We’re about to learn more about Va.
What do North Carolinians know about Virginia politics?
Given the long border between the two states, the fact that the first permanent European settlers came to our state by way of Virginia, the similar agricultural and manufacturing traditions and the easy access between the two states on I-85, I-95 and US 17, you would think that we would learn a lot from each other.
But so far as I know the only contribution to our politics from our neighbor to the immediate north is the lottery. Some legislators who originally opposed the North Carolina lottery came to believe that the only way to stop the outflow of North Carolina money to Virginia was to start our own gambling games.
Other than the lottery, I can’t think of anything else most of us know about their politics.
But that may change.
It has to do with presidential politics.
No president has been elected from either of these two states since before the Civil War, unless you count Woodrow Wilson, who was born in Virginia and spent a little time in North Carolina while he was growing up. (Wilson was president of Princeton University and governor of New Jersey before he ran for president.)
But in the time leading up to the 2008 presidential elections Virginia and North Carolina may be on center stage. While Hillary Clinton is the leading contender for the Democratic nomination today, some party leaders don’t think she can win. They are looking for a candidate who can stop her from winning the nomination and then lead the party to victory in November 2008.
Many of these leaders will tell you that recent history shows that the Democrats have the best chance of winning if they pick a candidate from the South. Since the 1960 election of John Kennedy, they will tell you, the only Democratic victories have come when Southerners ‘— namely Johnson, Carter and Clinton ‘— have led the ticket. And Gore, too, they may remind us, actually won the popular vote when he ran in 2000.
Who are the Democratic Southerners who could beat Mrs. Clinton for the nomination and lead the party to victory? At the top of list are North Carolina’s John Edwards and Virginia’s former governor, Mark Warner.
North Carolinians know a lot about Edwards, their former senator and vice-presidential candidate. But since North Carolinians do not keep up with Virginia politics they know little about their neighbor, Mark Warner.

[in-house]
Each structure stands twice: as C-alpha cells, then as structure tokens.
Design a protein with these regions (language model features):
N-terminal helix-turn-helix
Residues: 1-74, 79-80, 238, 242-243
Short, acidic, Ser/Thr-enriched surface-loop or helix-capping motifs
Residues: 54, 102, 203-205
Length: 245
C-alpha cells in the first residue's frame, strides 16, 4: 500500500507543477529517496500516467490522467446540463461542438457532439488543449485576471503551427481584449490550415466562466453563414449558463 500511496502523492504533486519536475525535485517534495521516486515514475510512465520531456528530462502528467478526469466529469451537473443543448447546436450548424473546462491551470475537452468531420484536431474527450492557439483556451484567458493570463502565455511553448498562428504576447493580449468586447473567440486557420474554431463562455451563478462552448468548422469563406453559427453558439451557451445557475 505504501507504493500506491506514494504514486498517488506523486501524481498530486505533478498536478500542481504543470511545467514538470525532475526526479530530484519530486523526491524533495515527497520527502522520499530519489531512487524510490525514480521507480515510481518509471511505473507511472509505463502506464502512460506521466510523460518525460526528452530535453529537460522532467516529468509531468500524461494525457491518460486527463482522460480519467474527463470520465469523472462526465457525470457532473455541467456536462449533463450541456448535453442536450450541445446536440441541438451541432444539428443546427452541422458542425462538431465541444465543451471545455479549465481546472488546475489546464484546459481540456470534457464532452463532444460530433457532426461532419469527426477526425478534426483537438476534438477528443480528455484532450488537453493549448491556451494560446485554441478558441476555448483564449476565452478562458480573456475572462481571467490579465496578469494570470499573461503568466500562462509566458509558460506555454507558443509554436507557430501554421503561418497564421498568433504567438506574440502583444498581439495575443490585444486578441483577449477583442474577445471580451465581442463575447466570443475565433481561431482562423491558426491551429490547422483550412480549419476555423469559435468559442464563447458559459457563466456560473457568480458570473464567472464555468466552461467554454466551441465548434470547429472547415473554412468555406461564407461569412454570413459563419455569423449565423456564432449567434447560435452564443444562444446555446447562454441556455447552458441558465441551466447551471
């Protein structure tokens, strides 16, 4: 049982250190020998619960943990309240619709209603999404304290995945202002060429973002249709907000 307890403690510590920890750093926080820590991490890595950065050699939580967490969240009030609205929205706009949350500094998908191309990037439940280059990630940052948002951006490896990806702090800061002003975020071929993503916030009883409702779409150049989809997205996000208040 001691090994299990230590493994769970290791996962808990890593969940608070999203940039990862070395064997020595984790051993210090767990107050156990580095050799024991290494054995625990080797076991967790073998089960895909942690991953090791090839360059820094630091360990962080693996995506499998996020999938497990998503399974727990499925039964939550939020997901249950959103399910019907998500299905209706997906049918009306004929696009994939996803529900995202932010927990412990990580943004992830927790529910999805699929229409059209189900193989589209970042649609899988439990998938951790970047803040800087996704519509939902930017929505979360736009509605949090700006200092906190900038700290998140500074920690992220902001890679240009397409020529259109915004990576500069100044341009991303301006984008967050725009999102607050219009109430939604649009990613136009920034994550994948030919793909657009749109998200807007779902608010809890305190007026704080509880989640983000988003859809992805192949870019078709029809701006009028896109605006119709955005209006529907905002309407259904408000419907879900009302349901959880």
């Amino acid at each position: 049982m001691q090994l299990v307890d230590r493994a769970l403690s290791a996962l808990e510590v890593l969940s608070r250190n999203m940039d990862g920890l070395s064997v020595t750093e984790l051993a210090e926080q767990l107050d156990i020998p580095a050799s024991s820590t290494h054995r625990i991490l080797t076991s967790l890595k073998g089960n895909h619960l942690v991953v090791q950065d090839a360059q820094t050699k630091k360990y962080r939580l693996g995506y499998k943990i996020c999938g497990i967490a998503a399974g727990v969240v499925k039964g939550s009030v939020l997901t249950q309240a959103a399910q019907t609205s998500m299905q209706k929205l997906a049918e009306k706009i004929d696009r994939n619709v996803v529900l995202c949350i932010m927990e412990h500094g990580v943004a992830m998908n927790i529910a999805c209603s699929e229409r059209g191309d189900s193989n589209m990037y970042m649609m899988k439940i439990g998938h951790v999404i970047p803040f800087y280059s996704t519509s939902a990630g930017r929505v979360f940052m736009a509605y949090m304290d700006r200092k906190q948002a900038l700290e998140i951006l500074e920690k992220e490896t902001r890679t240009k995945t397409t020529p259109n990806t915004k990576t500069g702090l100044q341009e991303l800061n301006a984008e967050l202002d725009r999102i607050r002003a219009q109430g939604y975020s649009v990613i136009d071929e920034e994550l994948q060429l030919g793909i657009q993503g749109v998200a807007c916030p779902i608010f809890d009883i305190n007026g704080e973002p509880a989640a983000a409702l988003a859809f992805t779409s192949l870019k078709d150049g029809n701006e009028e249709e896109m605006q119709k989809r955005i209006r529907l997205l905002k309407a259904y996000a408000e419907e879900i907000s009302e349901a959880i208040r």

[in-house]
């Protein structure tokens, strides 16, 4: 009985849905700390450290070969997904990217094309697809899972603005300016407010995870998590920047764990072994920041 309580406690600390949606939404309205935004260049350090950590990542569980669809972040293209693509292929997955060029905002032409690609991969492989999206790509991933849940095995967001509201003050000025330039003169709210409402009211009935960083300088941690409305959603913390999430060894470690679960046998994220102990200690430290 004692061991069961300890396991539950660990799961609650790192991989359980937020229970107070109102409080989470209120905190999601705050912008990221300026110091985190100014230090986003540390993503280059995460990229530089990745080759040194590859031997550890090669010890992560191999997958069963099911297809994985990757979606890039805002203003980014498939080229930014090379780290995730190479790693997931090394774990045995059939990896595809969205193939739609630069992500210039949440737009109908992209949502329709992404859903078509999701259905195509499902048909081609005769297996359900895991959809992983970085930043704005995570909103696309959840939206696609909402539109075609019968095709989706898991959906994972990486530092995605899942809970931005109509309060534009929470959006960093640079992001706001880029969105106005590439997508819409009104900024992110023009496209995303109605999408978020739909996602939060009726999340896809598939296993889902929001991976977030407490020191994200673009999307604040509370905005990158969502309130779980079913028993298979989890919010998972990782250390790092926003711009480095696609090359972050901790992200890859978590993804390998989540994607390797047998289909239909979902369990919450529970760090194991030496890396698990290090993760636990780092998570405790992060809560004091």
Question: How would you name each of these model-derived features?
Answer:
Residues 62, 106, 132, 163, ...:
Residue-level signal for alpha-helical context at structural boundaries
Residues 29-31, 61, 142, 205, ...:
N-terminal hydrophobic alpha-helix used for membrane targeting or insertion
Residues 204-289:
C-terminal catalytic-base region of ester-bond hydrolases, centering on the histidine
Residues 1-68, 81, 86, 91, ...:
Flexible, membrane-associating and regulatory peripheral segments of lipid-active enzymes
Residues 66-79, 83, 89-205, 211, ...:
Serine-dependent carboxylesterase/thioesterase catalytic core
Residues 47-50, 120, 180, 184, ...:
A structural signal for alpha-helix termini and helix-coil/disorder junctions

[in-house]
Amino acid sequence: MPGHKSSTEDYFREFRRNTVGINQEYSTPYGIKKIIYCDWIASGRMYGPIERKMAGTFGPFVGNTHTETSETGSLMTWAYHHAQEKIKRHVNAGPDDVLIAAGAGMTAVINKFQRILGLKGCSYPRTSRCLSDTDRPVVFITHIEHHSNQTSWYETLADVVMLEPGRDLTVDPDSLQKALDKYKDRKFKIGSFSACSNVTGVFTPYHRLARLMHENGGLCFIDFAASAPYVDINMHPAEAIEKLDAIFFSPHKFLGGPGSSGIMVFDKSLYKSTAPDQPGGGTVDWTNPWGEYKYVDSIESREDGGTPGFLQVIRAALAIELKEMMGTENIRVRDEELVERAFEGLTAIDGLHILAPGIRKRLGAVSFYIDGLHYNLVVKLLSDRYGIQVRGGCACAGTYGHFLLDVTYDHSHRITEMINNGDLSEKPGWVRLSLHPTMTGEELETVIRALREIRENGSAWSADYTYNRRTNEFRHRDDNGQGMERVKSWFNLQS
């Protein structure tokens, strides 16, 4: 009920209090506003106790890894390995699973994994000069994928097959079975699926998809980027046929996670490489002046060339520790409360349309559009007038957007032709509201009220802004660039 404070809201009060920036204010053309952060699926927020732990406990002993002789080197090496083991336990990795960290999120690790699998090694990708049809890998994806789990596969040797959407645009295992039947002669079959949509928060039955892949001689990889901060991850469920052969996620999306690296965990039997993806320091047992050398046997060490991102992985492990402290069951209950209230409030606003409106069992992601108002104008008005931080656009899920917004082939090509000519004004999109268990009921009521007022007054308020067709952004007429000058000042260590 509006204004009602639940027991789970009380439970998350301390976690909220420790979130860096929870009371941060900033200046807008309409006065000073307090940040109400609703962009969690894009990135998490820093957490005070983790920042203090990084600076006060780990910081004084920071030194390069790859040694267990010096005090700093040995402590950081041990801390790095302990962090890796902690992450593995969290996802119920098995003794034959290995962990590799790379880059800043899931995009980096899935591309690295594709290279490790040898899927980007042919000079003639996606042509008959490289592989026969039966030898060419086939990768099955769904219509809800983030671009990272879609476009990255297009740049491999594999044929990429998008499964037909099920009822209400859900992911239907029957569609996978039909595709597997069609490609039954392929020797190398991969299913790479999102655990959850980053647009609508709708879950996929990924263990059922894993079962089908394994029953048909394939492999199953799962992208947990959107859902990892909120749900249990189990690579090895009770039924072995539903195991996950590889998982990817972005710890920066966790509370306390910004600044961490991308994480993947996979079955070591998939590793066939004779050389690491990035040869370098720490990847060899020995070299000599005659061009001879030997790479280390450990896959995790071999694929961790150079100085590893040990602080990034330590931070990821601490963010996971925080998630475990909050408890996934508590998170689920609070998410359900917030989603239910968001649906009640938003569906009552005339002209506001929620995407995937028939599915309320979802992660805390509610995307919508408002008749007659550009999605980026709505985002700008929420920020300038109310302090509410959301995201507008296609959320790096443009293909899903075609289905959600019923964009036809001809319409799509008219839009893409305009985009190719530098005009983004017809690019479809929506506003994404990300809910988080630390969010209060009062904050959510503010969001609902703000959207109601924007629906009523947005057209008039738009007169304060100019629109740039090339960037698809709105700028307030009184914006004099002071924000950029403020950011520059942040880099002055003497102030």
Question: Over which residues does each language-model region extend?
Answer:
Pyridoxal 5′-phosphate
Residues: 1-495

Those who want to measure Virginia’s competition for North Carolina’s ‘“favorite son’” are going to have to learn more about Mark Warner and Virginia politics. The May 2006 issue of the Atlantic magazine helps. Atlantic’s contributing editor Paul Starobin’s profile shows why Warner may be a tough competitor for Edwards to win the ‘“anybody but Hillary’” contest.
Here are some of Warner’s strong points, according to Starobin:
1. Warner concluded his term as governor with an 80 percent approval rating, which Starobin writes, ‘“explains some of the current enthusiasm’” for him.
2. He is wealthy. Starobin reports that he made more than $150 million in private business before running for governor.
3. More important than his personal fortune is the entrepreneurial experience and reputation he gained from his business ventures in the cellular-license brokerage business. ‘“His pragmatism and deal-closing abilities can only help him as he seeks the support of the Democratic Party’s notoriously heterodox interest group leaders.’”
4. As a fiscal conservative, he has demonstrated the ability to raise money and support from independents and Republicans.
These characteristics may make him a tough competitor for Edwards.
But, as we well know, Edwards has great strengths of his own, including a very important one in an area where Warner is weak. Starobin writes, ‘“Warner can seem wooden in his public appearances.’”
‘“I’m not a naturally gifted speaker,’” Warner told him.
North Carolinians know that Edwards is a very gifted speaker whose appearances can draw crowds and inspire them.
With Democrats who are nostalgic for the speaking talents of Bill Clinton, Edwards has a big edge.
If an Edwards-Warner contest takes shape, there is only one thing for sure.
North Carolinians will learn a whole lot more about Virginia and its politics than they know today.